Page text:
These tasks are grouped under the headings of security, a new constitution (due by June 2012), political outreach and reconciliation, and good governance.
The roadmap includes measures for countering piracy; co-opting local militia groups (although there is no specific reference to Al-Shabab); preventing the recruitment of children into armed groups; demarcating territorial waters; reducing the size of parliament and planning for elections; developing peace-building initiatives; and tackling corruption.
It was announced in Mogadishu on 6 September 2011 and initialled by the Somali prime minsister, leaders of regional entities Puntland and Galmudug, the head of the Ahlul Sunnah wal Jamaa’ah (ASWJ) militia group, the UN envoy to Somalia, representatives of the League of Arab States, the African Union and the Inter-Governmental Authority on Development (IGAD).
What support does the roadmap enjoy inside Somalia?
Augustine Mahiga, the UN Secretary-General’s Special Representative to Somalia and head of the UN Political Office for Somalia (UNPOS), described the document as “probably the most inclusive instrument and most inclusive process” of all the efforts to rebuild Somalia’s governance. Mahiga pointed to the involvement of regional entities such as Puntland and Galmudug.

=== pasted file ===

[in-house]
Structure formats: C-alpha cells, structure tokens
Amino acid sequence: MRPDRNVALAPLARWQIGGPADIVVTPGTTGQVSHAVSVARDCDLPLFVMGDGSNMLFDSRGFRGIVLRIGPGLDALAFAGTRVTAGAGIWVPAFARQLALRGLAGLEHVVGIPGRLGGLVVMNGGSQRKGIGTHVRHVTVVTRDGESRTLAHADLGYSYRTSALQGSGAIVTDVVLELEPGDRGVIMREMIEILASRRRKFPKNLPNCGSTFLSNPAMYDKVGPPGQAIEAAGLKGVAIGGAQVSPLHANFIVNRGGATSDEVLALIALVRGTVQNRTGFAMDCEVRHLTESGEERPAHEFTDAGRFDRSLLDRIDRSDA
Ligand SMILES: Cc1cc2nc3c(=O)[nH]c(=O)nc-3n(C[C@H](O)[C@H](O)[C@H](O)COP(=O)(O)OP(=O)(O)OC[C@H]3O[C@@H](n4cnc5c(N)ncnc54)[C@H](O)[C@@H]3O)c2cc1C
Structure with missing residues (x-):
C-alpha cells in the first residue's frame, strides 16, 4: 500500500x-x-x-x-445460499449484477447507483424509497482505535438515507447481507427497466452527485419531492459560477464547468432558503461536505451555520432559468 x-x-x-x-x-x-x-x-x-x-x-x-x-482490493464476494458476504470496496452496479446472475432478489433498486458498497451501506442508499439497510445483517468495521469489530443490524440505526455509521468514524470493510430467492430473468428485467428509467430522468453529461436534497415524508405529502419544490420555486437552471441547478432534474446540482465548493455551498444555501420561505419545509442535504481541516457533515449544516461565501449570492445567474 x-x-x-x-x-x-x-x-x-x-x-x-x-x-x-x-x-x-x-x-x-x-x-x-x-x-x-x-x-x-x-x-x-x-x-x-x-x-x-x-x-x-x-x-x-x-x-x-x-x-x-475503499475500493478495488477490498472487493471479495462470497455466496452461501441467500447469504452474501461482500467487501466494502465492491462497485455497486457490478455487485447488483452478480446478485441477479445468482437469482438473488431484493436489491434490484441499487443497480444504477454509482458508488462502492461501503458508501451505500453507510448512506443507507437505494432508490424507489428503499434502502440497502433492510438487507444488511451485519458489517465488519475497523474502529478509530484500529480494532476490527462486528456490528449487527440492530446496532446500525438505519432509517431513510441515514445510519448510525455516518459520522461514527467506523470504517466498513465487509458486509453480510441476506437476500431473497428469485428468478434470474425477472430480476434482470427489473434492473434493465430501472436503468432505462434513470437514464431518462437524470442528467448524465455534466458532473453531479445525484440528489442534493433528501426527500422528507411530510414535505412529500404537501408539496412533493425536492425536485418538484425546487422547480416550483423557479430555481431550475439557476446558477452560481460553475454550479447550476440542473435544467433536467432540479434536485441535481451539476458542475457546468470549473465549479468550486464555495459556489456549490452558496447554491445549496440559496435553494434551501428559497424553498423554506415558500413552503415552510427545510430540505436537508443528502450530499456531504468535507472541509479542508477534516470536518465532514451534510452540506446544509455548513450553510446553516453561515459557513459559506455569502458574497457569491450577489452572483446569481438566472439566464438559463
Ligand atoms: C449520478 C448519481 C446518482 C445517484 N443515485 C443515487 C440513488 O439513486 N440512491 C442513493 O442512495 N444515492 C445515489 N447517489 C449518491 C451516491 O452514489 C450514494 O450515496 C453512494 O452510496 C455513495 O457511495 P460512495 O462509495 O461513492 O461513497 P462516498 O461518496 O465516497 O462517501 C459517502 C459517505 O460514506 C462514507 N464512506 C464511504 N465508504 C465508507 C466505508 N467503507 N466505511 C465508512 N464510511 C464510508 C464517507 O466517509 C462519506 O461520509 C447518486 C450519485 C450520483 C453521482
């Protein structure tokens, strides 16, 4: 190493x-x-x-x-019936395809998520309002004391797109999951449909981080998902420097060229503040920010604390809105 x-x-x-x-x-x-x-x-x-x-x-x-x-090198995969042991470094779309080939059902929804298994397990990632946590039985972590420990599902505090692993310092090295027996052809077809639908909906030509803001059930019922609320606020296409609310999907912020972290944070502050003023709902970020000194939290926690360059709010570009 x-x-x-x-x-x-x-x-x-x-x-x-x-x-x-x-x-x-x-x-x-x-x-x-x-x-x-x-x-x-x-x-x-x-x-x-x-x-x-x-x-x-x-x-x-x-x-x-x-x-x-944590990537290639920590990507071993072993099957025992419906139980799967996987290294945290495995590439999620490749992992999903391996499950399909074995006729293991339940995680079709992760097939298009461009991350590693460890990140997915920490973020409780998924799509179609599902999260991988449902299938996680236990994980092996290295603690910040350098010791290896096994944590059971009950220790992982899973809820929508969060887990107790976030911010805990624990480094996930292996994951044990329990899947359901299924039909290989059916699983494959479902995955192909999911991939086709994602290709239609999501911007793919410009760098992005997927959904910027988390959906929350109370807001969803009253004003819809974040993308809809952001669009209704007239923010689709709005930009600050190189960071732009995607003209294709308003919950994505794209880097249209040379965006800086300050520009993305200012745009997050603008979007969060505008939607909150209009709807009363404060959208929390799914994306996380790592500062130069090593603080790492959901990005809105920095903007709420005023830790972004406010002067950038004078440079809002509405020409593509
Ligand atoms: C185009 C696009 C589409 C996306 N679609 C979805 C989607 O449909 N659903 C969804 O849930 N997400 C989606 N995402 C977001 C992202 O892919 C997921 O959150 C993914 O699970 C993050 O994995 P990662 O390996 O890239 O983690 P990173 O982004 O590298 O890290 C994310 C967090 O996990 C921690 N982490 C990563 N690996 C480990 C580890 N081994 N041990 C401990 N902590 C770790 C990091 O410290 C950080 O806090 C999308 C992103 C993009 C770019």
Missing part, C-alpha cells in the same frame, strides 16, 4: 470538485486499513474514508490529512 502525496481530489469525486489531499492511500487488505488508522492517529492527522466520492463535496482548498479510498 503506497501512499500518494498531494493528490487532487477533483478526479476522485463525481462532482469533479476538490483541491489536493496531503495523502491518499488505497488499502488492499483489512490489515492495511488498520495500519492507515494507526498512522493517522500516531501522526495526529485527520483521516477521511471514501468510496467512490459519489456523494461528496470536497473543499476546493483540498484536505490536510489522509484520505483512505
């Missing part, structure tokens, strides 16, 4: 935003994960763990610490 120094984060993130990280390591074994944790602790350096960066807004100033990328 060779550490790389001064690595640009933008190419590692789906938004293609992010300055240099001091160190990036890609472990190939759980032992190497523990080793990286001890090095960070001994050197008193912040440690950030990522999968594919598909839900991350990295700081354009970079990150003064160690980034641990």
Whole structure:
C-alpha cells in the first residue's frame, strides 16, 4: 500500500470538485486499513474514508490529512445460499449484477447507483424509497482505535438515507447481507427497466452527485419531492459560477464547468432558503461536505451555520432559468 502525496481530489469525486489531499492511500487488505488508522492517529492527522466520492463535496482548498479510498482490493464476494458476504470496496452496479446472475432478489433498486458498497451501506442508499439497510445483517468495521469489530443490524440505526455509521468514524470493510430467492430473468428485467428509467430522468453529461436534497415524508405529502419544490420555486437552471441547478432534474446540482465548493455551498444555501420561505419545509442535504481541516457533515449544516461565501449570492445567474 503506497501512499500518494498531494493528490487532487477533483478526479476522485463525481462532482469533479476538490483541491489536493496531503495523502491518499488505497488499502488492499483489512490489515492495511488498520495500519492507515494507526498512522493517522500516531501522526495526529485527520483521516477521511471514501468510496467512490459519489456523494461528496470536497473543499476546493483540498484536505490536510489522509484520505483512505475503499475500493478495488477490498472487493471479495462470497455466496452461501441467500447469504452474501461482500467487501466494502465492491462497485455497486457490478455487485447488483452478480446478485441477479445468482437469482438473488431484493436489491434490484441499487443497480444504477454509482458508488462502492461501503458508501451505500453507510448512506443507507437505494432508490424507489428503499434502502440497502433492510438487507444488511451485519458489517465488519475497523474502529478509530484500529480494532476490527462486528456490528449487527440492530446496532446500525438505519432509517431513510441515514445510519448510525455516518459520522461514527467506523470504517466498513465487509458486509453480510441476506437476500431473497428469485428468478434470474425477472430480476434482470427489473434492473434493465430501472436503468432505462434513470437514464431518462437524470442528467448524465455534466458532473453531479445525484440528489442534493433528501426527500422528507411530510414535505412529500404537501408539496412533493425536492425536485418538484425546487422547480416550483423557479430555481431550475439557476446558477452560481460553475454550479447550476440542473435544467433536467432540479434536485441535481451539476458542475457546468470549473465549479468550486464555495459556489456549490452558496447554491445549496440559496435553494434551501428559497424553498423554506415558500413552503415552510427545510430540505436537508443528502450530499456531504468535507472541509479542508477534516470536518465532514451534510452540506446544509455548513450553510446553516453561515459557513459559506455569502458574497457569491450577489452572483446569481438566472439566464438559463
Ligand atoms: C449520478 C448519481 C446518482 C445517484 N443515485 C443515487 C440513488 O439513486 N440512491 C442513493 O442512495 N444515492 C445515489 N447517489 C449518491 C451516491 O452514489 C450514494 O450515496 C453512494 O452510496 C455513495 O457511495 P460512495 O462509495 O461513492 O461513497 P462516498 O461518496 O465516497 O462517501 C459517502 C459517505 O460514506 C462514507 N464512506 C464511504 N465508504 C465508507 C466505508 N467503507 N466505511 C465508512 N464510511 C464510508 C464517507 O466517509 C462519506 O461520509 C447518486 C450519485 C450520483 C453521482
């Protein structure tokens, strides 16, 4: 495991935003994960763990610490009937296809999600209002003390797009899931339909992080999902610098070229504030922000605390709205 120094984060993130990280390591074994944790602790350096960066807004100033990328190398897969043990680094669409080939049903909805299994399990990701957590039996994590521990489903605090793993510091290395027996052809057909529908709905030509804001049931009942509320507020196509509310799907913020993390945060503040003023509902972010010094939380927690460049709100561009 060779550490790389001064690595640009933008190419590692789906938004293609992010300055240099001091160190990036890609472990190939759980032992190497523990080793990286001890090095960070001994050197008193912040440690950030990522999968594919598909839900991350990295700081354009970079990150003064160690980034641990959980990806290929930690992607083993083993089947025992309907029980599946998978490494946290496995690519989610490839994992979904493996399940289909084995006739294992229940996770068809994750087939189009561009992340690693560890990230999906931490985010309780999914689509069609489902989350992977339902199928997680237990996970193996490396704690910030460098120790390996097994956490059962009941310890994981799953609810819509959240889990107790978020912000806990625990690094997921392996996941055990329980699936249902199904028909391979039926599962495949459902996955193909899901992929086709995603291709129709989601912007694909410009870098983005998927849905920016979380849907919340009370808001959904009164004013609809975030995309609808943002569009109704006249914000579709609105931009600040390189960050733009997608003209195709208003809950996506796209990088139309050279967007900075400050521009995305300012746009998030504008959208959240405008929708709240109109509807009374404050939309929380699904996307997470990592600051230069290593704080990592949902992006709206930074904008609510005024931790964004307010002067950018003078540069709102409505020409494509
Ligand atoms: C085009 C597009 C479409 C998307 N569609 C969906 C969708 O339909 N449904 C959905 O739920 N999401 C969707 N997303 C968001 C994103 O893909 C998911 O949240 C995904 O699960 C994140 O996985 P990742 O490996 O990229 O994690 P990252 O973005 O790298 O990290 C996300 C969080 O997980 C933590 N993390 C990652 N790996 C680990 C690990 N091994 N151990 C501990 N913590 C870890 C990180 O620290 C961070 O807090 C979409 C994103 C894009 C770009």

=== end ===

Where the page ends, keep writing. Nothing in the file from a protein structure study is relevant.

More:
“We have also brought in civil society, which is a whole array of social and political actors, including women, elders, religious leaders, the youth, business community and the diaspora… Our [UN] role was only to facilitate in terms of logistics; it continues to be Somali-led and a Somalia-owned process,” said Mahiga.
In early February, Somali Prime Minister Abdiweli Mohamed Ali declared his government’s commitment to the roadmap “and to fulfilling the tasks that will allow us to move into a new era of security, stability, political inclusivity, and financial integrity.
“We believe government should come from the people. We need to re-establish that link between our parliament and our public – that is why we must reform our parliament,” he added.